The death of the old Windows 95 saved-search file format Tips/Support went largely unnoticed.
When you used the Find Files dialog in Windows 95, you had the option of saving your search into a file so you could issue it again later. The extension for these saved searches was .fnd.
If you double-clicked one of these files, it would open the Find Files dialog and execute your saved search. You may have noticed that these *.fnd files stopped working in Windows 7. Support for them also died, but in an unusual way.
When anyone floats the idea of dropping support for a file format, Microsoft conducts extensive research into how many people are still using that type of file. The idea is to determine how severe a problem it will be to remove support.
Nowadays, the mechanism for this process is more formalized. Part of the deprecation process involves adding instrumentation to Windows to determine how many customers are still using whatever file format is on the chopping block. (To make your voice heard, participate in the Customer Experience Improvement Program.)
The death of the *.fnd file format followed a non-standard route, however. You see, we ran an accidental experiment 10 years ago. Windows 2000 inadvertently broke backward compatibility with saved searches created on earlier versions of Windows. The surprising thing is that nobody outside Microsoft even noticed. This strongly suggested that very few customers actually used saved searches. Obviously, this is not the way you want to find out this information, but it’s good information to have.
Windows Vista introduced a new saved-search format. If you opened an old *.fnd file, it auto-converted that file to the new format. If you saved it back out, it was saved in the new format. Further investigation revealed that nobody was using *.fnd files. Well, almost nobody.
You see, there’s one program that uses *.fnd files. It only uses them in one place, and the way it uses them relies on an error path. This program wants to open the Find Files dialog. This program doesn’t call the SHFindFiles function and pass NULL for the pidlSaveFile, though. It uses ShellExecute to locate a special *.fnd file included with the application. This could be a *.fnd file created by opening a blank search window and saving it, but that’s too easy. Instead, the program passes a zero byte *.fnd file to the ShellExecute function.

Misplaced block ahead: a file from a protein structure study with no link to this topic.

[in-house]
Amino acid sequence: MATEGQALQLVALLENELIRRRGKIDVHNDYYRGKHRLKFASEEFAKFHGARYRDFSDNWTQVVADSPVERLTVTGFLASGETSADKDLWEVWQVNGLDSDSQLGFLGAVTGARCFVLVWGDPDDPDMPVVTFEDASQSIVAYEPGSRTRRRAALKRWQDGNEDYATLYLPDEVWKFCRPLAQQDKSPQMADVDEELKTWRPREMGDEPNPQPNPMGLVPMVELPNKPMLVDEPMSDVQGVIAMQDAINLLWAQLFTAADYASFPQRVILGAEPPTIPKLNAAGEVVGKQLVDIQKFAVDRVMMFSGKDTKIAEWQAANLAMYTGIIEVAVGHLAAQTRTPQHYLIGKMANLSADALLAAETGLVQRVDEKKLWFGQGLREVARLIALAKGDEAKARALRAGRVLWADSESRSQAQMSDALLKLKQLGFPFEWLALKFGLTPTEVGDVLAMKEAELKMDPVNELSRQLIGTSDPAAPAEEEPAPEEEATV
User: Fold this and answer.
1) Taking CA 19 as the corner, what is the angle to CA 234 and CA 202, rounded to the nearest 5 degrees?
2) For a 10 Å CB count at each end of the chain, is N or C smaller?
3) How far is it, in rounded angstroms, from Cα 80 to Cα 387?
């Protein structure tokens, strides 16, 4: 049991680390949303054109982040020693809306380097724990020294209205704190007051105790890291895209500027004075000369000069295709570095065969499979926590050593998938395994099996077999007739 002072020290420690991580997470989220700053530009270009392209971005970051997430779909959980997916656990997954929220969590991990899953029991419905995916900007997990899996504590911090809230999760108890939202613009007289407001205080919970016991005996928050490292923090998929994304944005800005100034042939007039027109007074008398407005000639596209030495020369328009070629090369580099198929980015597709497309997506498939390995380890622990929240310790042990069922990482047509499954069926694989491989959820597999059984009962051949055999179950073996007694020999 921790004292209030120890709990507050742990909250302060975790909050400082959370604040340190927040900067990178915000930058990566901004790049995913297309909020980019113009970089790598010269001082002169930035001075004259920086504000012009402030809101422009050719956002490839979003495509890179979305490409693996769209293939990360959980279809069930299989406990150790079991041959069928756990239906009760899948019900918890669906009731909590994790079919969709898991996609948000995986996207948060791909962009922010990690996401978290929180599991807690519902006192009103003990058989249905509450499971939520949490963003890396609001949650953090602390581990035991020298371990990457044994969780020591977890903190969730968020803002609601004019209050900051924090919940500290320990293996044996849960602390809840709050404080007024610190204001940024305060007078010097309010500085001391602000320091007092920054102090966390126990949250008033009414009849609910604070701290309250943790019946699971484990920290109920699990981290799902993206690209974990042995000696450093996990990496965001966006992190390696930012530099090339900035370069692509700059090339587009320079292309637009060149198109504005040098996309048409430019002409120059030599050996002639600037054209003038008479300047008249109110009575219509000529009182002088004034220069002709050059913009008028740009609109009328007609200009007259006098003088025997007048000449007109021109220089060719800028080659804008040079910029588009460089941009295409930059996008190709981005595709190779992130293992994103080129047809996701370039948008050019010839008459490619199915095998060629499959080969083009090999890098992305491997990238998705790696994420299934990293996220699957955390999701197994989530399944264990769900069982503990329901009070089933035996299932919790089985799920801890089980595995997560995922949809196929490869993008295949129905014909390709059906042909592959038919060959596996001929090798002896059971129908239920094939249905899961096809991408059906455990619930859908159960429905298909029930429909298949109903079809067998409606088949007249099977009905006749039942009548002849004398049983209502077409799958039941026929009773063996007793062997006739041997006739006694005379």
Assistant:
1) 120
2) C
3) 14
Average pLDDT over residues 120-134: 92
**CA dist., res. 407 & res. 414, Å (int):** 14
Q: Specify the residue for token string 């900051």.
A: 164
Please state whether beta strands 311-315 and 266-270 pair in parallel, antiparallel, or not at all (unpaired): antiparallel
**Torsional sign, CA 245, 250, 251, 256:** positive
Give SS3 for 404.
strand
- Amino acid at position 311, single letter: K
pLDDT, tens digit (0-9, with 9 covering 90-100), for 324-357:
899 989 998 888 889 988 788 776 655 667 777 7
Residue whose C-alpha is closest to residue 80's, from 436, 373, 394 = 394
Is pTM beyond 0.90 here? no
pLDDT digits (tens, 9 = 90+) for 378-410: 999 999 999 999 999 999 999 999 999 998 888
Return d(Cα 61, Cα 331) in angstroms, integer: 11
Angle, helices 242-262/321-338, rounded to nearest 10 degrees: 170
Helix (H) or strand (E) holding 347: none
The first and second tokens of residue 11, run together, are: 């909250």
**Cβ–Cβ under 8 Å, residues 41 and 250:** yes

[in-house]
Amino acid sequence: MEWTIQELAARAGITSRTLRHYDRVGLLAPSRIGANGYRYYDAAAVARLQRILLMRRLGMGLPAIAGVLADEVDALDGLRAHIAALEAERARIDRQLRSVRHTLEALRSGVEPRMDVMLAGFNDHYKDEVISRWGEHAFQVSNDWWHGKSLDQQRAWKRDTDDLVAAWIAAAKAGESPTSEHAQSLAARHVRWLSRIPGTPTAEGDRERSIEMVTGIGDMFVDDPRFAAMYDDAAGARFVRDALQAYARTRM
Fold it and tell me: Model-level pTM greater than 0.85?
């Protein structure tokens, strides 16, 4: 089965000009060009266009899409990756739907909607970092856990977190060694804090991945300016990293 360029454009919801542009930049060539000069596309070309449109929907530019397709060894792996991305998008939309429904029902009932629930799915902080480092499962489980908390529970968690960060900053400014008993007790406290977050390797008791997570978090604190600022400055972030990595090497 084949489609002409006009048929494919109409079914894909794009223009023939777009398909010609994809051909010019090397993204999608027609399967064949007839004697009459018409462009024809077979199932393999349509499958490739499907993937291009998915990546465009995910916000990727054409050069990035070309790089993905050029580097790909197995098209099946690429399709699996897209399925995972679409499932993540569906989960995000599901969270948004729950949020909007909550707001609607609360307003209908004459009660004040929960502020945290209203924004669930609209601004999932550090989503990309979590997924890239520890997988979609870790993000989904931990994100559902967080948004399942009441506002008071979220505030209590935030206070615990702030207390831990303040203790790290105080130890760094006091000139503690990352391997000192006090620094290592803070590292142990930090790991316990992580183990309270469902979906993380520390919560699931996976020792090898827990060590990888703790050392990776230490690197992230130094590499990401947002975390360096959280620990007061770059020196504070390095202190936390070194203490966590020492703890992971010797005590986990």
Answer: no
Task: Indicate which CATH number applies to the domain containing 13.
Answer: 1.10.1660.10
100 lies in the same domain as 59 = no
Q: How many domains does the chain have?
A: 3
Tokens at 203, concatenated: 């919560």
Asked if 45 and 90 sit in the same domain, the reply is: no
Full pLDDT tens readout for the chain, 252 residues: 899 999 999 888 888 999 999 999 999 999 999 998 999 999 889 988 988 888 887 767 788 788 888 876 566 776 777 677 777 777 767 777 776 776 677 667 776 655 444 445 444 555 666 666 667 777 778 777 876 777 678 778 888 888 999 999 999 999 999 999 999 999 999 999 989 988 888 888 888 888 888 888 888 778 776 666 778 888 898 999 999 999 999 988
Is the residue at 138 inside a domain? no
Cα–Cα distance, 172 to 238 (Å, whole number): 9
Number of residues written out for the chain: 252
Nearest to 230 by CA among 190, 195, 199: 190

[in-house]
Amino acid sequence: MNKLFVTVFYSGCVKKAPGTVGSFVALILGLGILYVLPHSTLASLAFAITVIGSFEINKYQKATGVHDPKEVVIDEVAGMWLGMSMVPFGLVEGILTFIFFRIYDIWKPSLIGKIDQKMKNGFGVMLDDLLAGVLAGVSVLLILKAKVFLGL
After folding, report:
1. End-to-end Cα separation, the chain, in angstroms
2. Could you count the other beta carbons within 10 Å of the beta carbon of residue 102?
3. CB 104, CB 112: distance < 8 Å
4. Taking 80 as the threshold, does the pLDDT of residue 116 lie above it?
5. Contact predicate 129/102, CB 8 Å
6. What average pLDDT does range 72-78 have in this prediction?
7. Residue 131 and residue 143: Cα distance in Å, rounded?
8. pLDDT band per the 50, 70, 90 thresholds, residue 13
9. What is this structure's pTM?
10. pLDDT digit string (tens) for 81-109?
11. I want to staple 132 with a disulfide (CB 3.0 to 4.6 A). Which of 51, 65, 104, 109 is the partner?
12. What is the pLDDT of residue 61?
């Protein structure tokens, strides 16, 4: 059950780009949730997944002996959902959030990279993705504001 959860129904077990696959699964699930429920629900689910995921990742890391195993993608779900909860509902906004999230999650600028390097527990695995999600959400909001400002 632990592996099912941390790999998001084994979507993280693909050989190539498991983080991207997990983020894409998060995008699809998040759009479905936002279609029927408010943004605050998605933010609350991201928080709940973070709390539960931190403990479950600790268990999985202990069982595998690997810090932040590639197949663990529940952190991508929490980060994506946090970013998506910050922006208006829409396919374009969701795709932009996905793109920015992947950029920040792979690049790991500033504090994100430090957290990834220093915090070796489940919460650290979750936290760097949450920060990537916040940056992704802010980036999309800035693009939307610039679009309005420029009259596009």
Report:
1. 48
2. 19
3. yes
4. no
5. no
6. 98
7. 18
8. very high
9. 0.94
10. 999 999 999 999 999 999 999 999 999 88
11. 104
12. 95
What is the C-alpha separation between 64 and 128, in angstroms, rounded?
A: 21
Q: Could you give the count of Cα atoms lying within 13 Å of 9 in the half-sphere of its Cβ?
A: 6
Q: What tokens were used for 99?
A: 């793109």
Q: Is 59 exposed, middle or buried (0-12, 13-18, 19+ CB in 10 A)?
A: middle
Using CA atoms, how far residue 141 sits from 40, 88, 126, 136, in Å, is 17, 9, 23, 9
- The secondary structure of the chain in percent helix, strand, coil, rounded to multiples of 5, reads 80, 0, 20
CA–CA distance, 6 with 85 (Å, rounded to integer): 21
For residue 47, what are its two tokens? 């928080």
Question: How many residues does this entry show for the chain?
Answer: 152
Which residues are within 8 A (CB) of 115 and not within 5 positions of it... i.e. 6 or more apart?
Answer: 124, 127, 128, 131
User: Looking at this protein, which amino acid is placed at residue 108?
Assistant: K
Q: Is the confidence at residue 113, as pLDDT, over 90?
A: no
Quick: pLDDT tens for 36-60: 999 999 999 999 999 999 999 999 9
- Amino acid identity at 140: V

The handler for *.fnd files passes the file off to SHFindFiles as the second parameter. This is a circuitous way of calling SHFindFiles with the zero byte *.fnd file. The Find Files dialog opens, and it sees it was given a file from which to restore its state. As it turns out, a zero byte file is not a valid *.fnd file. The Find Files dialog tries to restore its state, but it can't.
The result: The Find Files dialog appears on the screen in its default state. This is a roundabout way of doing a simple thing. Intentionally passing invalid data and relying on the particulars of how to handle the error case does the trick.
In Windows 7, Microsoft removed the code to convert *.fnd files to *.search-ms files. Now, all *.fnd files passed to SHFindFiles are treated as if they’re corrupted and result in a default search window.
What if you have a directory filled with old saved searches from Windows XP? You can convert these by loading them into Windows Vista and then saving them back out. The saved versions will be in the new *.search-ms format, which you can then use with your Window 7 machines.
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